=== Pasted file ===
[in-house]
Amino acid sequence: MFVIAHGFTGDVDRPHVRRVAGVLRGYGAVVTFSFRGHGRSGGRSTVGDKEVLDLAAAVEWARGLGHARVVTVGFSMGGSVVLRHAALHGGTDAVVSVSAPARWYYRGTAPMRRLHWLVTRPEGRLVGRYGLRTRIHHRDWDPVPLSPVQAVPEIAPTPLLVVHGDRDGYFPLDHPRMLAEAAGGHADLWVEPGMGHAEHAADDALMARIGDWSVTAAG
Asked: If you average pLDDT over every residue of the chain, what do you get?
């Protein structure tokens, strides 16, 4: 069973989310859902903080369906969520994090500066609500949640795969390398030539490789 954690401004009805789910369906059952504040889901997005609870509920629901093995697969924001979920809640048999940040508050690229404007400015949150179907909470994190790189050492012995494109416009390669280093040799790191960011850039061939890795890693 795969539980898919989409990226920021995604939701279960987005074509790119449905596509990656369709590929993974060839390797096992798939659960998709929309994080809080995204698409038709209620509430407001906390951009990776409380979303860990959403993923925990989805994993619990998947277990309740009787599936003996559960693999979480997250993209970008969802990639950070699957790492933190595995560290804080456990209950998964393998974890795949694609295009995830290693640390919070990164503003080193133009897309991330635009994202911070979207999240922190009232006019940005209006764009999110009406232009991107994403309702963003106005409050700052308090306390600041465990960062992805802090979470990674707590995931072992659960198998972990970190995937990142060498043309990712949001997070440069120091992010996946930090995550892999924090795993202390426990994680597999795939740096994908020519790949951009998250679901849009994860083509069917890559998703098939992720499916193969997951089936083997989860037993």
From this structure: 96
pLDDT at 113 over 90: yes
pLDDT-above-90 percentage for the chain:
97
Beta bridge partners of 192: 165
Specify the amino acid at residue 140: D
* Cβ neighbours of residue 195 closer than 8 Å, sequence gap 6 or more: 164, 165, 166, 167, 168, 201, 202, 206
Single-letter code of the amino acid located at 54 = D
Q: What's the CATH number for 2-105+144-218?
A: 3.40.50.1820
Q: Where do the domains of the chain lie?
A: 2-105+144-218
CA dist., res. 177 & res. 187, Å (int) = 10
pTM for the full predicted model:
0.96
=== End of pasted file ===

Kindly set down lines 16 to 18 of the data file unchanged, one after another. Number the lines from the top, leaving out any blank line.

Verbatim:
A: 2-105+144-218
CA dist., res. 177 & res. 187, Å (int) = 10
pTM for the full predicted model: